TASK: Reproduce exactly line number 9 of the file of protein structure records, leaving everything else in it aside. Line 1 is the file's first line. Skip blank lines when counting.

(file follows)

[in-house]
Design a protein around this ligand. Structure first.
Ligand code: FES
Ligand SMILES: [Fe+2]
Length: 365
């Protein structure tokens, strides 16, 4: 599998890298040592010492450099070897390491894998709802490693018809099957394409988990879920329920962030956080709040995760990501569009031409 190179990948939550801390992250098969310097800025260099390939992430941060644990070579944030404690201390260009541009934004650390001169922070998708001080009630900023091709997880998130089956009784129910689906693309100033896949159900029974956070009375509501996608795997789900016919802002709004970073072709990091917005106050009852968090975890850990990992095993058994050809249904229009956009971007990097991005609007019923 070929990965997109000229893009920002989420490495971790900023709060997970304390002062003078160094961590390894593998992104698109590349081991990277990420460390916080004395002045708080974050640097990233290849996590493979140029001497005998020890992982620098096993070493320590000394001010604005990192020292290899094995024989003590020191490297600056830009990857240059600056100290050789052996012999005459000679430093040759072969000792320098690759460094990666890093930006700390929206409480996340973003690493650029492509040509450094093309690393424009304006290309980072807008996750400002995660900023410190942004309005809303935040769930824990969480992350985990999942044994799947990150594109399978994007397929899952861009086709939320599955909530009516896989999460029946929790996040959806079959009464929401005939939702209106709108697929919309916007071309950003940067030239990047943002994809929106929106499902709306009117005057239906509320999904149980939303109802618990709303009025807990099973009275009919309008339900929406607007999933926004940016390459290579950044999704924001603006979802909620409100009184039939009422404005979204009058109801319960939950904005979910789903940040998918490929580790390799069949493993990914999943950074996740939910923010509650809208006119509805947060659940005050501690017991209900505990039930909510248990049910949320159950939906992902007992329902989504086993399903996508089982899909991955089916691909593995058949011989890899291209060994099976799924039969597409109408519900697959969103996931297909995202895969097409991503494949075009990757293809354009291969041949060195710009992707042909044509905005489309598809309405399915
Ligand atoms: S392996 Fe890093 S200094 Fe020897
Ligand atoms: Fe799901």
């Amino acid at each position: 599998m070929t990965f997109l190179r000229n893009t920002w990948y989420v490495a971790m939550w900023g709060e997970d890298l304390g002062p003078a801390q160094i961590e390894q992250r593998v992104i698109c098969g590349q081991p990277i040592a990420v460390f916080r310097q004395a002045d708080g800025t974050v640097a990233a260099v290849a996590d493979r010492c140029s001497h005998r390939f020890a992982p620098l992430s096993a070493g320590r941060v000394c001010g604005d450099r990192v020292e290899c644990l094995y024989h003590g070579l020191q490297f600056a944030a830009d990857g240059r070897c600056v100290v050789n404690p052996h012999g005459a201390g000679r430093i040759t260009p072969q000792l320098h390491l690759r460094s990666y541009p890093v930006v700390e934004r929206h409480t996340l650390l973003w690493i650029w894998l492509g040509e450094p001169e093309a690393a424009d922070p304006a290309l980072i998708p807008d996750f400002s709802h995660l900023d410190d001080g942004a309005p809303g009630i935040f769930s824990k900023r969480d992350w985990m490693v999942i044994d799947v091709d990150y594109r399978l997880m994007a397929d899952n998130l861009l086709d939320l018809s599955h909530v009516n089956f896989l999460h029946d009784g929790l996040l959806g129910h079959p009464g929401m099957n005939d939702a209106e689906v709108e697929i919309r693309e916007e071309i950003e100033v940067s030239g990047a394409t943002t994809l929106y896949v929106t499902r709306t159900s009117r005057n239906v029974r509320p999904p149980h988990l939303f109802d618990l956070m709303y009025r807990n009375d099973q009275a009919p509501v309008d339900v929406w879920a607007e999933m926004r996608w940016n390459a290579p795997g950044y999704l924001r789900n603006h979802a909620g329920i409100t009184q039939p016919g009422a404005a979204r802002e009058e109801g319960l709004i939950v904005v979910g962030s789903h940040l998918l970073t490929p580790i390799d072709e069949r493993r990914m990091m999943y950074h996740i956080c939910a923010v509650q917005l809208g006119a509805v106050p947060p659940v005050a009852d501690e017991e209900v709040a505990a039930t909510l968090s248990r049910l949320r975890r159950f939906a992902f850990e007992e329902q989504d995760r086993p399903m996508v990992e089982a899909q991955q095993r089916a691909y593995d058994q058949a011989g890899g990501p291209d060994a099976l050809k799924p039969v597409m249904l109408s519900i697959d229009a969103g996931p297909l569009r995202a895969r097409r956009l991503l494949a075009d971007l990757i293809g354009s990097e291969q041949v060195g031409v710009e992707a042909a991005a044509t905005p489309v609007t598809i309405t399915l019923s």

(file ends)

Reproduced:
């Amino acid at each position: 599998m070929t990965f997109l190179r000229n893009t920002w990948y989420v490495a971790m939550w900023g709060e997970d890298l304390g002062p003078a801390q160094i961590e390894q992250r593998v992104i698109c098969g590349q081991p990277i040592a990420v460390f916080r310097q004395a002045d708080g800025t974050v640097a990233a260099v290849a996590d493979r010492c140029s001497h005998r390939f020890a992982p620098l992430s096993a070493g320590r941060v000394c001010g604005d450099r990192v020292e290899c644990l094995y024989h003590g070579l020191q490297f600056a944030a830009d990857g240059r070897c600056v100290v050789n404690p052996h012999g005459a201390g000679r430093i040759t260009p072969q000792l320098h390491l690759r460094s990666y541009p890093v930006v700390e934004r929206h409480t996340l650390l973003w690493i650029w894998l492509g040509e450094p001169e093309a690393a424009d922070p304006a290309l980072i998708p807008d996750f400002s709802h995660l900023d410190d001080g942004a309005p809303g009630i935040f769930s824990k900023r969480d992350w985990m490693v999942i044994d799947v091709d990150y594109r399978l997880m994007a397929d899952n998130l861009l086709d939320l018809s599955h909530v009516n089956f896989l999460h029946d009784g929790l996040l959806g129910h079959p009464g929401m099957n005939d939702a209106e689906v709108e697929i919309r693309e916007e071309i950003e100033v940067s030239g990047a394409t943002t994809l929106y896949v929106t499902r709306t159900s009117r005057n239906v029974r509320p999904p149980h988990l939303f109802d618990l956070m709303y009025r807990n009375d099973q009275a009919p509501v309008d339900v929406w879920a607007e999933m926004r996608w940016n390459a290579p795997g950044y999704l924001r789900n603006h979802a909620g329920i409100t009184q039939p016919g009422a404005a979204r802002e009058e109801g319960l709004i939950v904005v979910g962030s789903h940040l998918l970073t490929p580790i390799d072709e069949r493993r990914m990091m999943y950074h996740i956080c939910a923010v509650q917005l809208g006119a509805v106050p947060p659940v005050a009852d501690e017991e209900v709040a505990a039930t909510l968090s248990r049910l949320r975890r159950f939906a992902f850990e007992e329902q989504d995760r086993p399903m996508v990992e089982a899909q991955q095993r089916a691909y593995d058994q058949a011989g890899g990501p291209d060994a099976l050809k799924p039969v597409m249904l109408s519900i697959d229009a969103g996931p297909l569009r995202a895969r097409r956009l991503l494949a075009d971007l990757i293809g354009s990097e291969q041949v060195g031409v710009e992707a042909a991005a044509t905005p489309v609007t598809i309405t399915l019923s």